My Lords, I broadly agree with my noble friend; we study the parameters within which history should be taught, including, for example, a requirement in both GCSE and A-level that at least 25 per cent of the content should be British history and a requirement as to chronological coverage. I entirely agree with my noble friend that whenever you get three historians in a room together you get at least five views, which is somewhat fewer than when you get an equivalent number of economists in a room together. The idea that a consensus will be forged in these areas is of course illusory.

My Lords, the view of history of the noble Baroness, Lady Thatcher, is fine by me and everybody on our Benches. The Conservative Party has already stressed the importance of history in schools and has recently unveiled the names of a dozen people who are responsible for building six of the nation’s great institutions. We would be delighted if the Government would adopt these proposals, as they have so many of our education policies. The Minister sets great store by citizenship classes. Does he agree that the teaching of historical events in isolation leads only to a partial understanding and grasp of history?

My Lords, I agree. I also agree that it takes more than six people to create the history of a nation.

My Lords, in view of the exchanges we are having, and doubtless will continue to have, does the Minister think that involving more politicians in the construction of a school syllabus is a sensible idea?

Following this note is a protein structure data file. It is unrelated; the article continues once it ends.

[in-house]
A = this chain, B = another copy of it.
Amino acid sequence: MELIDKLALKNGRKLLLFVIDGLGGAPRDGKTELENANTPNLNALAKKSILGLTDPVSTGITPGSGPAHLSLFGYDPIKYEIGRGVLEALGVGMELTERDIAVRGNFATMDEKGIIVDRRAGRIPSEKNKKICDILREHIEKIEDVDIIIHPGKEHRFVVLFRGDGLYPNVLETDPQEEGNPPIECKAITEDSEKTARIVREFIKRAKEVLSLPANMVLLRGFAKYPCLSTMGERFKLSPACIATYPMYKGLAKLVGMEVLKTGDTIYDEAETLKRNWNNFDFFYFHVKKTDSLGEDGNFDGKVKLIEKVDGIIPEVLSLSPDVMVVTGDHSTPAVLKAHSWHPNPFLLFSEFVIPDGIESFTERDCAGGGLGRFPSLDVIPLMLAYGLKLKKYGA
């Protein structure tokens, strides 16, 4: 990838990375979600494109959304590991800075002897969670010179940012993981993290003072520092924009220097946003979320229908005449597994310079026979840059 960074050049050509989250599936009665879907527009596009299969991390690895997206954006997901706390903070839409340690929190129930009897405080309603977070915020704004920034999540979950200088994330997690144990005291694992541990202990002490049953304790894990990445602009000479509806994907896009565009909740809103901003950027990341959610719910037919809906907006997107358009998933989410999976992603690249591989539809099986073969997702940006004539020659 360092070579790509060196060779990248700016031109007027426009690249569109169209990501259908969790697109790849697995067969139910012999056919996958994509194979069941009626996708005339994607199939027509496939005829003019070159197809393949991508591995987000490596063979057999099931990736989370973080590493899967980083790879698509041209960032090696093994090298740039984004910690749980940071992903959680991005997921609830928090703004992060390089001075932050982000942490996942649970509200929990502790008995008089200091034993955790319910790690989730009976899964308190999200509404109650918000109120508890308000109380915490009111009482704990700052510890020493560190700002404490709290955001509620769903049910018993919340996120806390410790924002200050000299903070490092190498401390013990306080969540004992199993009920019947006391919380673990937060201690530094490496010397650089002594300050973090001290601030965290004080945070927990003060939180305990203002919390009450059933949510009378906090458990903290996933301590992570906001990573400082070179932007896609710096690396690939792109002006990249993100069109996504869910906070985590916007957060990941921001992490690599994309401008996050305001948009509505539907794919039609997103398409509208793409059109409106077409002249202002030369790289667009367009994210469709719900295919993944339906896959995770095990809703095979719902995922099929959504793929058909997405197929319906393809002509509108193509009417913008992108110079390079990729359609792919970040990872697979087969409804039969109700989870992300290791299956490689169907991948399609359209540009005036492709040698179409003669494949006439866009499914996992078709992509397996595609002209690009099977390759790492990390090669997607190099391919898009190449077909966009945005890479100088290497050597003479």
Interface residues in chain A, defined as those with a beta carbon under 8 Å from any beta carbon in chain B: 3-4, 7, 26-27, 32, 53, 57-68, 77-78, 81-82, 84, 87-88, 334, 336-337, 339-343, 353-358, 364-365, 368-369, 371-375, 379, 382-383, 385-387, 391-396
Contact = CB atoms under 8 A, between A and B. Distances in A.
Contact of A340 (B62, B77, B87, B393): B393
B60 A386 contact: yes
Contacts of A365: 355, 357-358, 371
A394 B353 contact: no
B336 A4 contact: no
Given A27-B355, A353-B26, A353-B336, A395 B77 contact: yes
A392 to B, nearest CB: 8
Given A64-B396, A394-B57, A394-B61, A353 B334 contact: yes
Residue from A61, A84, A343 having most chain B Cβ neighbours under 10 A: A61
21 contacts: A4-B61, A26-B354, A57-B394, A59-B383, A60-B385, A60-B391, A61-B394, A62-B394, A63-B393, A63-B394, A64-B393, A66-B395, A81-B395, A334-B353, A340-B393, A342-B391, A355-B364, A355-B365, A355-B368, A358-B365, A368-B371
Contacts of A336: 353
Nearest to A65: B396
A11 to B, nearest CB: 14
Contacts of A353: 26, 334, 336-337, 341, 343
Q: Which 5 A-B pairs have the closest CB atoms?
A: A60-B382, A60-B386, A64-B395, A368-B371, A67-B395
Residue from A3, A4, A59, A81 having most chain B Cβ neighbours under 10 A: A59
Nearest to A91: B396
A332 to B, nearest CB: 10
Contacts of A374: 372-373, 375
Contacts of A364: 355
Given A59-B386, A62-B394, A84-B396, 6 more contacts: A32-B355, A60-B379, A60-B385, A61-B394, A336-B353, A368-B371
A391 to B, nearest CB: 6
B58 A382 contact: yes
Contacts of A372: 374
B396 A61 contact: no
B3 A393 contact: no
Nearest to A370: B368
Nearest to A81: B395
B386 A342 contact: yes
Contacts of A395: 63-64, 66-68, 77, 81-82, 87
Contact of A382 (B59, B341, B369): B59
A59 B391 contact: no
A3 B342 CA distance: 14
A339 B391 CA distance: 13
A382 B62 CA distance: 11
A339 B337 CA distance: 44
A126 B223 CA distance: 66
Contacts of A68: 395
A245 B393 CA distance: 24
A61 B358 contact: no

My Lords, that is precisely why we have an arm’s length agency to give us advice on these matters, so that we, as politicians, are not in the business of writing the school curriculum. We would be accused of undue interference if we sought to do that.

My Lords, does not part of the Chancellor's concern about people's lack of understanding of what Britishness is about arise from the practice of not teaching history in a narrative way, rather than topic by topic? Leaving aside the noble Lord’s disgraceful comments about the noble Baroness, Lady Thatcher, should not the Chancellor’s current views and the views of the noble Baroness be respected? The practice of teaching history topic by topic means that people do not know where they have come from and therefore cannot have a full appreciation of our culture and history.